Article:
Journeys to a truce - 1921: The end of the War of Independence
This week is the centenary of the signing of the truce on 11 July 1921 bringing the Irish War of Independence in Ireland to an end.
Technically talks had begun in December 1920 but they petered out when British prime minister David Lloyd George demanded that the IRA first relinquish their arms. Renewed talks began in the spring of 1921, after the prime minister was lobbied by Herbert H Asquith and the Liberal opposition, the Labour Party, and the Trades Union Congress.
From the perspective of the British government, it seemed as if the IRA's guerrilla campaign would persist indefinitely, with escalating losses in British casualties and in finance. In addition, the British government was confronting acute blame at home and abroad for the actions of British forces in Ireland.
On 6 June 1921, the British made their first peace-making act, calling off the strategy of house burnings as reprisals.
On the other side, IRA leaders and in particular Michael Collins, felt that the IRA, as it was then organised, could not continue indefinitely. It lacked arms and ammunition to face down even regular British soldiers arriving into Ireland.
On 24 June 1921, the British coalition government's cabinet decided to propose talks with the leader of Sinn Féin. Coalition Liberals and Unionists agreed that an offer to negotiate would strengthen the government's position, especially if Sinn Féin refused.
On 24 June Prime Minister Lloyd George wrote to Éamon de Valera as “the chosen leader of the great majority in Southern Ireland”, suggesting a conference.
Sinn Féin agreed to talks. De Valera and Lloyd George ultimately agreed to a truce that was intended to end the fighting and lay the ground for detailed negotiations. Its terms were signed on 9 July and came into effect on 11 July.
Negotiations on a settlement, however, were deferred for several months as the British government demanded that the IRA first decommission its weapons, but this demand was ultimately withdrawn. It was arranged that British troops would stay restricted to their barracks.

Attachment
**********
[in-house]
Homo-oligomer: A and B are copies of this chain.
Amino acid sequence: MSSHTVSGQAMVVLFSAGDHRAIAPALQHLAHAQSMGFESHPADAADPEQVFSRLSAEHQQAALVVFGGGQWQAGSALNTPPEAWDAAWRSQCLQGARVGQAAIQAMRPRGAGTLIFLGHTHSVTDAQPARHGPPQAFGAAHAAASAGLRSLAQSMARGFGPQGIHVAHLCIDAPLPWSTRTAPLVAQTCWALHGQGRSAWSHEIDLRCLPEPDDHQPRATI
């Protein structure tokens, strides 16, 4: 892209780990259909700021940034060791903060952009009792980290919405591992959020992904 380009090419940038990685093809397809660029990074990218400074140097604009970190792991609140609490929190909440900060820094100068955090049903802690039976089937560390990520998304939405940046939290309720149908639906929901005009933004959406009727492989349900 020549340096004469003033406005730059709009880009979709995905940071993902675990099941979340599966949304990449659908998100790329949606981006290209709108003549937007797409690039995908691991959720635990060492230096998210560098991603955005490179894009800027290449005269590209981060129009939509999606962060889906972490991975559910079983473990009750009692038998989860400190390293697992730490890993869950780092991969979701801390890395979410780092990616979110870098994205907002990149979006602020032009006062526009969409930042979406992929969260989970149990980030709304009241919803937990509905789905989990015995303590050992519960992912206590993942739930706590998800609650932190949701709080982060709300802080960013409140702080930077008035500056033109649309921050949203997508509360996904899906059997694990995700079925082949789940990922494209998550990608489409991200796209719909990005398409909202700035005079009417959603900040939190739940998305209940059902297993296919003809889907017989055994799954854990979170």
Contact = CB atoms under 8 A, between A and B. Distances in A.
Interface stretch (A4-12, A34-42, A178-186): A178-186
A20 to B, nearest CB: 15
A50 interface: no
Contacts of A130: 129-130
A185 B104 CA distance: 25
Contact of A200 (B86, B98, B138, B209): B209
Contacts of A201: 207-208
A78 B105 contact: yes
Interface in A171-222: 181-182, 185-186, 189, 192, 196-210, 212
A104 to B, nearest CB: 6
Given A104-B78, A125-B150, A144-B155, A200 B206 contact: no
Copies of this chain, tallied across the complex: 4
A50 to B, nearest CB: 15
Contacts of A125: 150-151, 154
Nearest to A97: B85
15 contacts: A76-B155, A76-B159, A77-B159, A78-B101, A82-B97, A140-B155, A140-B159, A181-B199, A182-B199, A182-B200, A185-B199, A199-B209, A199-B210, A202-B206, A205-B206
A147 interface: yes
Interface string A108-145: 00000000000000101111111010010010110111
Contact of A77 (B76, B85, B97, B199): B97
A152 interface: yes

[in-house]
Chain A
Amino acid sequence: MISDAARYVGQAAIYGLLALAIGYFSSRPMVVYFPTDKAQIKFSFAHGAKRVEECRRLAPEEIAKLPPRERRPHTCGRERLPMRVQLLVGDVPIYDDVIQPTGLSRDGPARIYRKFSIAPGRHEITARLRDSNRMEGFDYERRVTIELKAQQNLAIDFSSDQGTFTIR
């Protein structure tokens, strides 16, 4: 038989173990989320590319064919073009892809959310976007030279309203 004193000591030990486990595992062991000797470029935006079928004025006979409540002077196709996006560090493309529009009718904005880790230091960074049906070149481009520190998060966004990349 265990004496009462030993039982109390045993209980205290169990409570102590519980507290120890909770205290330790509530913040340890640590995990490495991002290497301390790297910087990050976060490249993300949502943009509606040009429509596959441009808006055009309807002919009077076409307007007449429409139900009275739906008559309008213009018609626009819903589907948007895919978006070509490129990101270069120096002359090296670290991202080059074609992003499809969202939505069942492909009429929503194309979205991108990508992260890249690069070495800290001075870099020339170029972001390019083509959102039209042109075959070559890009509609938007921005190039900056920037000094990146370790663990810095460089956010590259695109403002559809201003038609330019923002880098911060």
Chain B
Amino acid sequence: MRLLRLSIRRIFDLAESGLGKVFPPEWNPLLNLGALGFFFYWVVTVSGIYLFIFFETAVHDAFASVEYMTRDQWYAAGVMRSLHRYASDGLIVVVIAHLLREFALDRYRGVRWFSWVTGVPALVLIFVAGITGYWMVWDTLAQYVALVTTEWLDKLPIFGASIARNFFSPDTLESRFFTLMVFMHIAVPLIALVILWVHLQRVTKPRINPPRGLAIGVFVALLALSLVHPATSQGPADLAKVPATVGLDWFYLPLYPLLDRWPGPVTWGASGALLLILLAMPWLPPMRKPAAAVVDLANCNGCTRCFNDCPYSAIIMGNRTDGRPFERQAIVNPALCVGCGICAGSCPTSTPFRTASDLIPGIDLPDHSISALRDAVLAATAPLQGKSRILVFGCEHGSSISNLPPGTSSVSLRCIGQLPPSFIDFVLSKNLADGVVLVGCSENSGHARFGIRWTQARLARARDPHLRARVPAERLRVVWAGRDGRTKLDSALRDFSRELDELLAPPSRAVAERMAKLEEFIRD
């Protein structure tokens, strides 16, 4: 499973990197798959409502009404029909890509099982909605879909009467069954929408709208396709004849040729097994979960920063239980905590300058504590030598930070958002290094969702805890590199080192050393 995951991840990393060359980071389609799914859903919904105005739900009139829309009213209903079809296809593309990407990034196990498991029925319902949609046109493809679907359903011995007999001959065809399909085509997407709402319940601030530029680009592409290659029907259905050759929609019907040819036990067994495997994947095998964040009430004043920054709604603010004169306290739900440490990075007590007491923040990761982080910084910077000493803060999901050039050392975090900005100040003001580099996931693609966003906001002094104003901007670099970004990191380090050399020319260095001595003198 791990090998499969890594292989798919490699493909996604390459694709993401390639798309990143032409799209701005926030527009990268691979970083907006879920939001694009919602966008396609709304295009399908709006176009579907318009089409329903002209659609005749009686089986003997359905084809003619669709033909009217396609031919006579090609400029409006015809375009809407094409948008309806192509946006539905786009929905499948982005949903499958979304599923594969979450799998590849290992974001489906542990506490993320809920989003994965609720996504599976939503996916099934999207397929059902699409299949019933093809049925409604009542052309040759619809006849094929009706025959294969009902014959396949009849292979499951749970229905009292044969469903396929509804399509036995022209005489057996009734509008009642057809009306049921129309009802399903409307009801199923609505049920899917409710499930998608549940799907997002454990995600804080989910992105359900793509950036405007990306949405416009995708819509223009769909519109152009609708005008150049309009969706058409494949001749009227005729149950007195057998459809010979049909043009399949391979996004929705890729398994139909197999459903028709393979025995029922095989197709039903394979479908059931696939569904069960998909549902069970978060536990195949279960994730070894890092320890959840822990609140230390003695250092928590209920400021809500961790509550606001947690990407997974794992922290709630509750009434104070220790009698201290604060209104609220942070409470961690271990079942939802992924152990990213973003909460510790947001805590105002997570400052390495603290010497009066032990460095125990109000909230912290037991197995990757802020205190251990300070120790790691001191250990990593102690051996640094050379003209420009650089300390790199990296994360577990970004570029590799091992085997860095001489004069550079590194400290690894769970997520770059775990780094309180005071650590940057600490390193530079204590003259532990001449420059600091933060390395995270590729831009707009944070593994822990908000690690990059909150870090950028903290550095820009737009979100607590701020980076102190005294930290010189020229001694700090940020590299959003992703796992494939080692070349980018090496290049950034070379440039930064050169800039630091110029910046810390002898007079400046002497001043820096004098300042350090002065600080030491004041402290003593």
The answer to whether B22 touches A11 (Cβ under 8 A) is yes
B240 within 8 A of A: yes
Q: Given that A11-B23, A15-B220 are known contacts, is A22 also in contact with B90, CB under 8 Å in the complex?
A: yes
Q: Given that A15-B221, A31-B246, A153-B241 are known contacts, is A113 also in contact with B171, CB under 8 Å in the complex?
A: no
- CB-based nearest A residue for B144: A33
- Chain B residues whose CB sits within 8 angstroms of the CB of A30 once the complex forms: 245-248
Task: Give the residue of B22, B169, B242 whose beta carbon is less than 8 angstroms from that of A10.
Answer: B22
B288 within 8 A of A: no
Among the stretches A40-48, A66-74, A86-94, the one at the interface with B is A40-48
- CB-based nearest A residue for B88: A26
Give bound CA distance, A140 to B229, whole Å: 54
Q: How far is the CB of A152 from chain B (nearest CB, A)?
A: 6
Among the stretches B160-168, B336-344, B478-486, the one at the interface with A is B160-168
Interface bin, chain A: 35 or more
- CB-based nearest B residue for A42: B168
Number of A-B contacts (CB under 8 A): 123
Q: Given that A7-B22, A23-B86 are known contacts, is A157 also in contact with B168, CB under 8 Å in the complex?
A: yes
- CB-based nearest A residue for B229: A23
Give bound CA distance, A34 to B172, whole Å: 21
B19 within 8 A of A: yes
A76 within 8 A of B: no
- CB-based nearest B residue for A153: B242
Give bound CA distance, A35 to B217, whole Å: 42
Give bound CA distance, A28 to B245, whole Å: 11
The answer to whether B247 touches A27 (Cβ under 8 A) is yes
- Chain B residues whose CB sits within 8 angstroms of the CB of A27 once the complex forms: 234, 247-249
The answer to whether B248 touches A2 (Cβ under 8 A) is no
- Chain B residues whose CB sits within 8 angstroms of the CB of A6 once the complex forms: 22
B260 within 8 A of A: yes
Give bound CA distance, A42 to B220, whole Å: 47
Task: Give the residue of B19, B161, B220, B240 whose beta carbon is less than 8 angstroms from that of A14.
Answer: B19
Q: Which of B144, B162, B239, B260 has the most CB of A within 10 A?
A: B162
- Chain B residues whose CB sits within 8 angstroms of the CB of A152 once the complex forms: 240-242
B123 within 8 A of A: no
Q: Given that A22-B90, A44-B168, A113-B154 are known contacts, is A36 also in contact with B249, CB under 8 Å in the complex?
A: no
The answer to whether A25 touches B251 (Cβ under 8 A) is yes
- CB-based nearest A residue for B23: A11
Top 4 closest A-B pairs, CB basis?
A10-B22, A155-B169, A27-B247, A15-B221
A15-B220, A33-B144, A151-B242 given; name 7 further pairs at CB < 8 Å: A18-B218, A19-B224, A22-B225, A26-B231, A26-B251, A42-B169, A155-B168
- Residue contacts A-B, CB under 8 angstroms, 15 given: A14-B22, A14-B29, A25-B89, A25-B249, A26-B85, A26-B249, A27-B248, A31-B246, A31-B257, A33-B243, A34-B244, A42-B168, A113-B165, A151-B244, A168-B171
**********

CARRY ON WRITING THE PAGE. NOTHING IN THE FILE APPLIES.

However, in the three days between the terms being signed and coming into effect, Irish truce historian Pádraig Óg Ó Ruairc details at least sixty people from both sides of the conflict were killed across the country.
Such stories appear in the heart of Dara McGrath’s photographic exhibition entitled For Those That Tell No Tales in the Crawford Art Gallery on sites associated with the War of Independence.
There is a poignant picture of an execution location at The Lough with associated descriptive text. It was at 8pm on the evening of Sunday 10 July 1921, when four young unarmed and off-duty soldiers, Private Henry Morris (aged 21) and Corporal Harold Daker (aged 28) of the South Stafforshire Regiment and Sappers Albert Camm (aged 20) and Albert Powell (aged 20) of the Royal Engineers were seized by a patrol of seven Volunteers.
The Volunteers had been searching an area from Donovan’s Bridge along the Western Road in search of a suspected civilian informer. Executed on the northern side of The Lough, the four bodies were dumped at Ellis’s Quarry on its southside. All four were found blindfolded and shot dead.
The only surviving account of the executions by a Volunteer participant is the official report sent to IRA Headquarters. It simply reads: “We held up four soldiers and searched them but found no arms. We took them to a field in our area where they were executed before 9pm.”
It has been suggested that the killing of these men was a personal reprisal by the IRA for the murder of Volunteer Denis Spriggs just two days earlier on 8 July.
Private Morris was from Walsall and served in the East Kent Regiment during the First World War. He is buried in Ryecroft cemetery, Walsall. Corporal Daker was the son of William and Mary Daker. He is buried in St Ann’s Churchyard, Chasetown, Walsall. Sapper Albert Camm was from Holland Street in Nottingham. Sapper Powell was the son of Arthur and Jane Powell of Abbott Road, London. He is buried at Nunhead, All Saints Cemetery in Southwark.
On the advent of the truce, Michael O’Donoghue, Engineer Officer with the 2nd Battalion of Cork No.1 Brigade remarked in witness statement (WS 1741) of the Bureau of Military History of a new-found freedom and an almost too good to be true scenario.
“Now came July, and with the scorching summer heatwave came rumours of peace and negotiations for a ceasefire. Then before we had time to realise what was happening, as everything moved so suddenly, the Truce was upon us on a July 11th 1921 at midday.
“Overnight everything was changed. The fugitive rebel army, the IRA, was recognised as Ireland's national army by the British Government. There was an uneasy peace. 'Twas hard, even for the IRA themselves, to credit that the fortunes of war had changed to such an extent. we could now move everywhere in town and country. We exulted in our new found authority and importance.
“Everywhere the people regarded us as heroes and hailed us as conquerors and turned our heads with flattery, adulation and praise. We were youngsters in our teens and early twenties, and who could blame us if we got intoxicated with all the hero worship and rejoicings. Even those people who had maintained a cautious neutrality, standing on the ditch during the War of Independence, now rushed to acclaim us and to entertain us.”